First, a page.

From 2007 through 2009, Dollar Thrifty had engaged in unsuccessful negotiations with both Hertz and Avis. Following a turnaround effort led by a new CEO, the Dollar Thrifty board decided to re-engage with Hertz, and, after months of bargaining, Dollar Thrifty agreed to be acquired for $41 per share. This consideration represented a 5.5% premium over Dollar Thrifty’s market price, but the merger agreement also included a robust reverse termination fee and bound Hertz to make substantial divestitures if necessary to secure antitrust approval. Following the announcement, Avis objected that had not been invited to bid and made an offer at a higher dollar value–$46.50–but its offer lacked the deal certainty of the Hertz contract.
Avis did not did sue, but shareholder plaintiffs did, attacking the market premium as insufficient and seeking an order requiring Dollar Thrifty to open discussions with Avis. Beginning with the premise that “when the record reveals no basis to question the board’s good faith desire to attain the proper end, the court will be more likely to defer to the board’s judgment about the means to get there,” the Court of Chancery denied the injunction.
The Court first held that the board’s decision to negotiate only with Hertz was proper, squarely rejecting the claim that a board is required to conduct a pre-signing auction. Vice Chancellor Strine instead credited the board’s well-informed determination that Avis lacked the resources to finance a deal, that a potential deal with Avis was subject to greater antitrust risk, and that Hertz might have withdrawn from the process if it faced “pre-signing competition.”
The Court also refused to accept the argument that a 5.5% market premium is insufficient. Drawing deep into economic theory, the Vice Chancellor held that the board reasonably focused on the “company’s fundamental value” rather than a spot market price in considering a sale of control. Delaware “law does not require a well-motivated board to simply sell the company whenever a high market premium is available (such as selling at a distress sale) or to eschew selling when a sales price is attractive in the board’s view, but the market premium is comparatively low.” Finally, the Court upheld the merger agreement’s 3.9% termination fee, noting that it was neither preclusive nor coercive, as evidenced by the fact that Avis had made a topping bid in excess of the fee and that the shareholders of Dollar Thrifty remained free to reject the Hertz deal without penalty. Indeed, Vice Chancellor Strine lauded the features of this merger agreement, noting that “the deal protections actually encourage an interloper to dig deep and to put on the table a clearly better offer rather than to emerge with pennies more.”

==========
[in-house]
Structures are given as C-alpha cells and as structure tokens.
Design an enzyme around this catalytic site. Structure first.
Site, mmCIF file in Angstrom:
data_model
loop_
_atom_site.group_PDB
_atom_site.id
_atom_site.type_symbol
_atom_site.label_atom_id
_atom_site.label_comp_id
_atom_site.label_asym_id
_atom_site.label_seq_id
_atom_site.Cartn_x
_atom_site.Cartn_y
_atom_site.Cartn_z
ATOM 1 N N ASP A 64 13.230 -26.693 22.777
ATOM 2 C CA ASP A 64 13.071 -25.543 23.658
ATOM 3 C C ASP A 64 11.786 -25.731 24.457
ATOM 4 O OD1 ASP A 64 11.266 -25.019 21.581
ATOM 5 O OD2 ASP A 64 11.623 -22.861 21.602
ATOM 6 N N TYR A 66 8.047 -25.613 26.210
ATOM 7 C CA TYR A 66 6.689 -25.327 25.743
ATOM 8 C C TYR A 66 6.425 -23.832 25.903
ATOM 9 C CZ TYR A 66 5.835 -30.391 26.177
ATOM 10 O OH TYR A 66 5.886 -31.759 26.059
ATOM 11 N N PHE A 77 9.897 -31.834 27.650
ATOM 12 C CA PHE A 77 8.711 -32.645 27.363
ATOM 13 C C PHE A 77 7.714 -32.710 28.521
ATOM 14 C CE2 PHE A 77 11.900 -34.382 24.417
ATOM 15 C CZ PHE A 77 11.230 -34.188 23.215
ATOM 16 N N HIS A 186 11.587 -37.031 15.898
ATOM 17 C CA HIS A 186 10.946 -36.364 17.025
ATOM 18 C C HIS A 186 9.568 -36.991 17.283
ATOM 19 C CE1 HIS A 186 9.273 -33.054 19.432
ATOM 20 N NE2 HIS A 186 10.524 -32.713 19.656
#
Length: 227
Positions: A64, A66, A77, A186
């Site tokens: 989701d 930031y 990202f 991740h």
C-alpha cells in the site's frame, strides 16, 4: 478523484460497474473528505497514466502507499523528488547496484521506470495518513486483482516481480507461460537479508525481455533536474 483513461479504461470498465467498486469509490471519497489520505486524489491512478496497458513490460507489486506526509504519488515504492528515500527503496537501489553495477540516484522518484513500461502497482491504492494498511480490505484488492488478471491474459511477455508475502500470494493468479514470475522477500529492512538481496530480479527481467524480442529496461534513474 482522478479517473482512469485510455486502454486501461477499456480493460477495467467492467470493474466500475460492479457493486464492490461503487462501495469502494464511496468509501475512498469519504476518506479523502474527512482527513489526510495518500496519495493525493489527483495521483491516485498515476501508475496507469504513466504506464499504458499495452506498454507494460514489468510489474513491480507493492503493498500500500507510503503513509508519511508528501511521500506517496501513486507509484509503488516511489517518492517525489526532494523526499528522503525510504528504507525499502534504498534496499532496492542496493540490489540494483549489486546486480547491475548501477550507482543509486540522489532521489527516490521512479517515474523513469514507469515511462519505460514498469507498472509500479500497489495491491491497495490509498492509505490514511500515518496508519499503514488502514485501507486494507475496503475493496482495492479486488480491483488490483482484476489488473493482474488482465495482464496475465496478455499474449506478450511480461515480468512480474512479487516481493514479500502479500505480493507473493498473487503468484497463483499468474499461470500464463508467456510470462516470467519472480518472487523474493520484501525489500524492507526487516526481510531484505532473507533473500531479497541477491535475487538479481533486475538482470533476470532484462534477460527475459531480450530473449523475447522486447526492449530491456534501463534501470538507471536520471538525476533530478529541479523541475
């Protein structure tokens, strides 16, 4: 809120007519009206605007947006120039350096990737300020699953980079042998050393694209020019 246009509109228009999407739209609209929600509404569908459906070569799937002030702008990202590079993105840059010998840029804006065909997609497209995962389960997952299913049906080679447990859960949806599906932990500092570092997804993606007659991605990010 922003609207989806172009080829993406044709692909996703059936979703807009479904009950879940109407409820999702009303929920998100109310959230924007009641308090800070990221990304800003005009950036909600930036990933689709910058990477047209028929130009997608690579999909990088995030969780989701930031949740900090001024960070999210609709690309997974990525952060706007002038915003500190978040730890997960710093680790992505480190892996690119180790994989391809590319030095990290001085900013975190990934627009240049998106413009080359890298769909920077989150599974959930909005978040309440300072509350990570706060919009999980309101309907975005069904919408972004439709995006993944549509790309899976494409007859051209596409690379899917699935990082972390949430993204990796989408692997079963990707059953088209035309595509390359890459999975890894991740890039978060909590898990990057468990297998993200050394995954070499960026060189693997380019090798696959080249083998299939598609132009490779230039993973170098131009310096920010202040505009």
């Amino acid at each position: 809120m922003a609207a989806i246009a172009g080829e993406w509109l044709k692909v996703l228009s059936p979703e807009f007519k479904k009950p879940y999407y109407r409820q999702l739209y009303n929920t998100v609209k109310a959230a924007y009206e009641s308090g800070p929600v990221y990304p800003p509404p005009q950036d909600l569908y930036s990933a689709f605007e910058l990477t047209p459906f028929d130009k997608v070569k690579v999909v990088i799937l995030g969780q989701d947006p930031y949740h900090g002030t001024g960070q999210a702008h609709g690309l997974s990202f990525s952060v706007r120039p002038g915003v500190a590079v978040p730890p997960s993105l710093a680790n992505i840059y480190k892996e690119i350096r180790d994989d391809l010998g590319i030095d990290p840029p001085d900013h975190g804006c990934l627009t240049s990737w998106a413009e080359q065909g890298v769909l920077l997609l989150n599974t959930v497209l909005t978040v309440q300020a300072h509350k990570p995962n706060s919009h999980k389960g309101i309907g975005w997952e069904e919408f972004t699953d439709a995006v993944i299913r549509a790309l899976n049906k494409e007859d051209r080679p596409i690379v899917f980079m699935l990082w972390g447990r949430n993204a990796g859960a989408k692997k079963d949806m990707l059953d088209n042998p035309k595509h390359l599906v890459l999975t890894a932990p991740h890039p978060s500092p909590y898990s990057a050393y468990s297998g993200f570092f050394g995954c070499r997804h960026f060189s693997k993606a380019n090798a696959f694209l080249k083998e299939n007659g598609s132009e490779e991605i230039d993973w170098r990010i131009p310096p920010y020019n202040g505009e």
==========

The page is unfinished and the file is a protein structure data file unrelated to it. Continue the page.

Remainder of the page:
The Dollar Thrifty decision represents another marker in a long line of cases endorsing the primacy of corporate directors’ strategic decisions. The courts remain ready to respect a sales process, even a limited one, that is structured in good faith by an independent and well-informed board.
Here is news from Steven Haas of Hunton & Williams LLP: Yesterday, Chancellor Chandler issued his post-trial opinion in eBay Domestic Holdings, Inc. v. Newmark, addressing a closely watched dispute at privately-held craigslist, Inc. The case posed several novel issues, including the adoption of a poison pill at a privately-held company by its founders.
The court rescinded the rights plan, which it said had been adopted to prevent eBay from purchasing additional shares in the company and to hamper eBay’s ability to sell its 28% ownership bloc to a third party. Among other things, the court found that “[u]ltimately, defendants failed to prove that craigslist possesses a palpable, distinctive, and advantageous culture that sufficiently promotes stockholder value to support the indefinite implementation of a poison pill.”